Hearing Cunningham’s increasingly deluded post-match interviews after defeats like this, and seeing them send half backs Travis Burns and Dougie Charnock out on loan while the team is crying out for a creative spark, you do have to genuinely wonder if he’s just having a ‘bit of banter’ with the job of head coach of one of the most successful clubs in the modern era.

He cops a lot of criticism from the supporters that worshipped him as a player and as pleasant as it is for us to take part in this kind of morbid voyeurism, there is a lesson to be learnt here for those desperately wanting to fast track Lee Briers into the head coaches’ role at the HJ.

We’d all love nothing more than to see Briers lead out the team at Old Trafford or Wembley as a coach as he did as a player, but he really does need to be given time to go away and learn his craft away from the club and his former team mates.

Cunningham’s plight – and Cullen’s exit from our club – serve as a reminder that sentiment has no place in sport and an acrimonious exit can totally soil a person’s legacy at a club and for someone who has given as much as Briers has to Warrington, there should be no rush to thrust that kind of pressure on a man who has barely two years of Academy coaching under his belt.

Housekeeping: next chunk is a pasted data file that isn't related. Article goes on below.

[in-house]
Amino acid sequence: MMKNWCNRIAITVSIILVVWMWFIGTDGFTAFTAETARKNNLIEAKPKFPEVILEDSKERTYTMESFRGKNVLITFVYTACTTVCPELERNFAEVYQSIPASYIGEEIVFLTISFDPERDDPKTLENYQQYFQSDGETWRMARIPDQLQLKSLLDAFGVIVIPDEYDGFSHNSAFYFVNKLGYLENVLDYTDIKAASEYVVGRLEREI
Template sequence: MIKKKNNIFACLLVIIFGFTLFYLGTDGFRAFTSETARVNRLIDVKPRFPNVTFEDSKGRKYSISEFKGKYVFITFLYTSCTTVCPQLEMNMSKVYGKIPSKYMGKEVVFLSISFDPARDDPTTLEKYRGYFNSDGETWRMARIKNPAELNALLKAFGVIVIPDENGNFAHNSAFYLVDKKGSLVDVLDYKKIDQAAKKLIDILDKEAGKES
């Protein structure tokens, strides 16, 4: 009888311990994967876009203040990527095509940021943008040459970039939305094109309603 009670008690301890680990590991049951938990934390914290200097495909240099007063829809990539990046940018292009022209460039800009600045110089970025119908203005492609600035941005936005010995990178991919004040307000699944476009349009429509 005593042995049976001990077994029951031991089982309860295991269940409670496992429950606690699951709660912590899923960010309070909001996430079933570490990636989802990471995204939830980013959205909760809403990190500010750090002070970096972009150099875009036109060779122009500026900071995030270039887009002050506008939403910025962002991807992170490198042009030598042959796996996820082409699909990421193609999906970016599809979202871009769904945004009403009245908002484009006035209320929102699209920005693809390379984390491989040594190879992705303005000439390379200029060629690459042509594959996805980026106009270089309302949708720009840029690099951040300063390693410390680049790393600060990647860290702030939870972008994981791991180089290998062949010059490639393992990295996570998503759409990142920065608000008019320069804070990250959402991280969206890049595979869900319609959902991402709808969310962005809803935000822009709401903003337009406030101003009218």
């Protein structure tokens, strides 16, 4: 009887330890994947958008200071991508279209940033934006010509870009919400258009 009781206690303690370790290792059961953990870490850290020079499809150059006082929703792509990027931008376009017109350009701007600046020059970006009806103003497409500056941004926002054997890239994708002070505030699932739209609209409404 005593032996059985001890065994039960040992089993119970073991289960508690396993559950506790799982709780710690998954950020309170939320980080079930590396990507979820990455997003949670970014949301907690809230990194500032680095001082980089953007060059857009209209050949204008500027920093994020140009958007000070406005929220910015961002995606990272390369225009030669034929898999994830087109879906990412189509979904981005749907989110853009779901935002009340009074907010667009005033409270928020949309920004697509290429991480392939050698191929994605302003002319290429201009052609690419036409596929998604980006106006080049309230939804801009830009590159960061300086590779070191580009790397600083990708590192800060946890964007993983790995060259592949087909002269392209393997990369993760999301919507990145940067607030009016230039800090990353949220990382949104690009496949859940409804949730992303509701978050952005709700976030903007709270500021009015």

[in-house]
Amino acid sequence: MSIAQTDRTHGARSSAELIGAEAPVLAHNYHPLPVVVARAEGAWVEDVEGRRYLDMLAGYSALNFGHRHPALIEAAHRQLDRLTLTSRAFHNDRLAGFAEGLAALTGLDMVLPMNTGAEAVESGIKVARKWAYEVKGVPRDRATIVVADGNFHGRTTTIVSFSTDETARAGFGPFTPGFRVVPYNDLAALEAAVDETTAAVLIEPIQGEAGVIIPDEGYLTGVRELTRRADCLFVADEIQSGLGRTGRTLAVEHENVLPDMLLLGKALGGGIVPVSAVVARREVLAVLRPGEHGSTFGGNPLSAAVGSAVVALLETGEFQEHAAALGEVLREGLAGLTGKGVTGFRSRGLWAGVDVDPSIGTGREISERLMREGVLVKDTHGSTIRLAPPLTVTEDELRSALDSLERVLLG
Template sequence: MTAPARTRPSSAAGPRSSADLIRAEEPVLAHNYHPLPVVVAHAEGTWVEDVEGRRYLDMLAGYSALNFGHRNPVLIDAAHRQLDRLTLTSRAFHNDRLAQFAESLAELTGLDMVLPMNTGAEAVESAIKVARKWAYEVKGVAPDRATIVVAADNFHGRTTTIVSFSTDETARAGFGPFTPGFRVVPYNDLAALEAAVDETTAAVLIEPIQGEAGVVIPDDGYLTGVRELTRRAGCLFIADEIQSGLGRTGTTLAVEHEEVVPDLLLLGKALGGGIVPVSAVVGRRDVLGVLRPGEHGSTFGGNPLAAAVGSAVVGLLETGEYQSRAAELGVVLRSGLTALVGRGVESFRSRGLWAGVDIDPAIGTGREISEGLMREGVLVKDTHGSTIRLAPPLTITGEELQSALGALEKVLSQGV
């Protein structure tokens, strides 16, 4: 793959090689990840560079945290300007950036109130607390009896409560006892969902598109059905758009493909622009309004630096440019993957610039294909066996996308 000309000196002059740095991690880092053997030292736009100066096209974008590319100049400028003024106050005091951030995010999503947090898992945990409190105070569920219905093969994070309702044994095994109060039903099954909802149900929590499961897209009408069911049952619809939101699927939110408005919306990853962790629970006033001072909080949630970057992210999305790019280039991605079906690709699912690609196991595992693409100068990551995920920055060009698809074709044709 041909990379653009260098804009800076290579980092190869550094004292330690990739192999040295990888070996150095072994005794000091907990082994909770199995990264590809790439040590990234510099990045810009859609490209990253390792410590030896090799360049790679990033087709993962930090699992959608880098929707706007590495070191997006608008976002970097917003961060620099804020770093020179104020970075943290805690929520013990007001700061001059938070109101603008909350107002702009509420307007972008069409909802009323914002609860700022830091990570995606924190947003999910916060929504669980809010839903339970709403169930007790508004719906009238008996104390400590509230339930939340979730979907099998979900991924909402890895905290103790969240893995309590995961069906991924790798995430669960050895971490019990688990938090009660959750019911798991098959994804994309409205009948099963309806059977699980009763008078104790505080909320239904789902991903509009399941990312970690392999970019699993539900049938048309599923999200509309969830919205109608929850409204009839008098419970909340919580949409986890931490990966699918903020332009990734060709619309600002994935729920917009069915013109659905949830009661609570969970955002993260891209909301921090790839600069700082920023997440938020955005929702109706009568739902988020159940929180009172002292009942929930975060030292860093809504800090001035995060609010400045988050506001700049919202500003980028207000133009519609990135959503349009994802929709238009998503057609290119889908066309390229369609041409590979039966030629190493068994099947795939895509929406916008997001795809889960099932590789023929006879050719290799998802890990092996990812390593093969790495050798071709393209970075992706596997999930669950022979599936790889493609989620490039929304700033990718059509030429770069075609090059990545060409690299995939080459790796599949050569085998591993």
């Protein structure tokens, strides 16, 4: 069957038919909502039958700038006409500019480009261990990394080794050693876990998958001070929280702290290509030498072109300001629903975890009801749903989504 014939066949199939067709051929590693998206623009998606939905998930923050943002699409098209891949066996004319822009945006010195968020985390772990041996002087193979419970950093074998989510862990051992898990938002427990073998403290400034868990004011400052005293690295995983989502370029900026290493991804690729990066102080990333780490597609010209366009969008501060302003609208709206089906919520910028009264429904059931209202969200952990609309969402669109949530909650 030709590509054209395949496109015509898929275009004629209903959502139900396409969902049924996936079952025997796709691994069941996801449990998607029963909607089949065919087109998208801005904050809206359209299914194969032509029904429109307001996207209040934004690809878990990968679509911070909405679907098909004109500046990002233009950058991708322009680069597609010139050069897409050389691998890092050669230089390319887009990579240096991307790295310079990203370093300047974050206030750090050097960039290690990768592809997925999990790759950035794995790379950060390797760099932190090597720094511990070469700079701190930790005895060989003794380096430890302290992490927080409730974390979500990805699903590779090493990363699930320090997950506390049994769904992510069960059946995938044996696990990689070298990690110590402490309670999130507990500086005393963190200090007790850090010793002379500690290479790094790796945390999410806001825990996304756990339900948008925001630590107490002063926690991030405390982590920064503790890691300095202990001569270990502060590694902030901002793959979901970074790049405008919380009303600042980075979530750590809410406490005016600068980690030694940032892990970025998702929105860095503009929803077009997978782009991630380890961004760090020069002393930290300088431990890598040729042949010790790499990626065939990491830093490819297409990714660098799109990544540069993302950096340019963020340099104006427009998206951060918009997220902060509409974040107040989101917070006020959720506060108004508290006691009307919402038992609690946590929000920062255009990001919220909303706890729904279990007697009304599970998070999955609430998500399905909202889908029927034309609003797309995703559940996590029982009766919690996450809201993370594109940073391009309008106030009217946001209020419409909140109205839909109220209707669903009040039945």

On the pitch, we looked good against Saints without really getting out of second gear, and if you’re looking to be hyper-critical, you could argue we should took them to the cleaners in the second half, but it was a different story a week later against Hull in a game that was, as they say, ‘marred’ by grainy iPhone footage of some badly thrown punches outside the away end.

It was hardly the battle of Cable Street, but the scramble for the moral high ground over the weekend was laughable. Grown men from Hull were telling anybody on the internet willing to listen (read?) that Wilderspool was the only ground their parents wouldn’t let them wear team colours and people were rushing to tell of all the trouble they’d seen on Fletcher Street over the years.

They all looked a bit silly to begin with – especially considering their own club’s record over the years – and then even sillier when news came that the trouble seemed to start when Hull fans attacked a young Wire fan who was rumoured to have ended up in hospital as a result.

We should probably condemn such scenes of, erm, shocking violence but to be honest, we’re just glad someone got some excitement at the game, because for the majority of us, it was 80 minutes of our lives we won’t get back.

Hull do well to sit at the top of the league; they play to their strengths – literally – and grind out victories through brute force.

Lee Radford, who himself copped a lot of sick from his own fans at the start of the year, has clearly modelled his team on the successful Bradford side he was a part of during his playing career.